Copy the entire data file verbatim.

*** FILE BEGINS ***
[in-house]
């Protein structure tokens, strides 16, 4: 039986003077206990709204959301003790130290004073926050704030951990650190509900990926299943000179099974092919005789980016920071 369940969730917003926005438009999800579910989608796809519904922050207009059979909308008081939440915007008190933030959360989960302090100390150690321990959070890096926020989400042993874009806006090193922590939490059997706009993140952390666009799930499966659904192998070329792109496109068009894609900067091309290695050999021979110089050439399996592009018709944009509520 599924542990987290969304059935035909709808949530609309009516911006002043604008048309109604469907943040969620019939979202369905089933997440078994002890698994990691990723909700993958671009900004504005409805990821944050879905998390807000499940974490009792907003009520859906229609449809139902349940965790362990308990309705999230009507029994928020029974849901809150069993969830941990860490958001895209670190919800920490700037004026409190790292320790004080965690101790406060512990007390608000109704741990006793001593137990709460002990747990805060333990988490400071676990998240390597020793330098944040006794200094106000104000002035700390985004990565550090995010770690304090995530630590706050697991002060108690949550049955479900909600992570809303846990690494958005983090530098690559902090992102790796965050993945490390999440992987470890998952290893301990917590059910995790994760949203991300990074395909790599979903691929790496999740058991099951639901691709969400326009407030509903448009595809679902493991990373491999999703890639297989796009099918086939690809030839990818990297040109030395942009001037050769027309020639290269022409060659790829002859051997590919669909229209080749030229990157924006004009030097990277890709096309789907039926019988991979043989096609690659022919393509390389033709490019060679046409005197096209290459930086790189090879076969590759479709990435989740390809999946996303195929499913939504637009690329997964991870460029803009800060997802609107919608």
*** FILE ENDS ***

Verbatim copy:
[in-house]
């Protein structure tokens, strides 16, 4: 039986003077206990709204959301003790130290004073926050704030951990650190509900990926299943000179099974092919005789980016920071 369940969730917003926005438009999800579910989608796809519904922050207009059979909308008081939440915007008190933030959360989960302090100390150690321990959070890096926020989400042993874009806006090193922590939490059997706009993140952390666009799930499966659904192998070329792109496109068009894609900067091309290695050999021979110089050439399996592009018709944009509520 599924542990987290969304059935035909709808949530609309009516911006002043604008048309109604469907943040969620019939979202369905089933997440078994002890698994990691990723909700993958671009900004504005409805990821944050879905998390807000499940974490009792907003009520859906229609449809139902349940965790362990308990309705999230009507029994928020029974849901809150069993969830941990860490958001895209670190919800920490700037004026409190790292320790004080965690101790406060512990007390608000109704741990006793001593137990709460002990747990805060333990988490400071676990998240390597020793330098944040006794200094106000104000002035700390985004990565550090995010770690304090995530630590706050697991002060108690949550049955479900909600992570809303846990690494958005983090530098690559902090992102790796965050993945490390999440992987470890998952290893301990917590059910995790994760949203991300990074395909790599979903691929790496999740058991099951639901691709969400326009407030509903448009595809679902493991990373491999999703890639297989796009099918086939690809030839990818990297040109030395942009001037050769027309020639290269022409060659790829002859051997590919669909229209080749030229990157924006004009030097990277890709096309789907039926019988991979043989096609690659022919393509390389033709490019060679046409005197096209290459930086790189090879076969590759479709990435989740390809999946996303195929499913939504637009690329997964991870460029803009800060997802609107919608």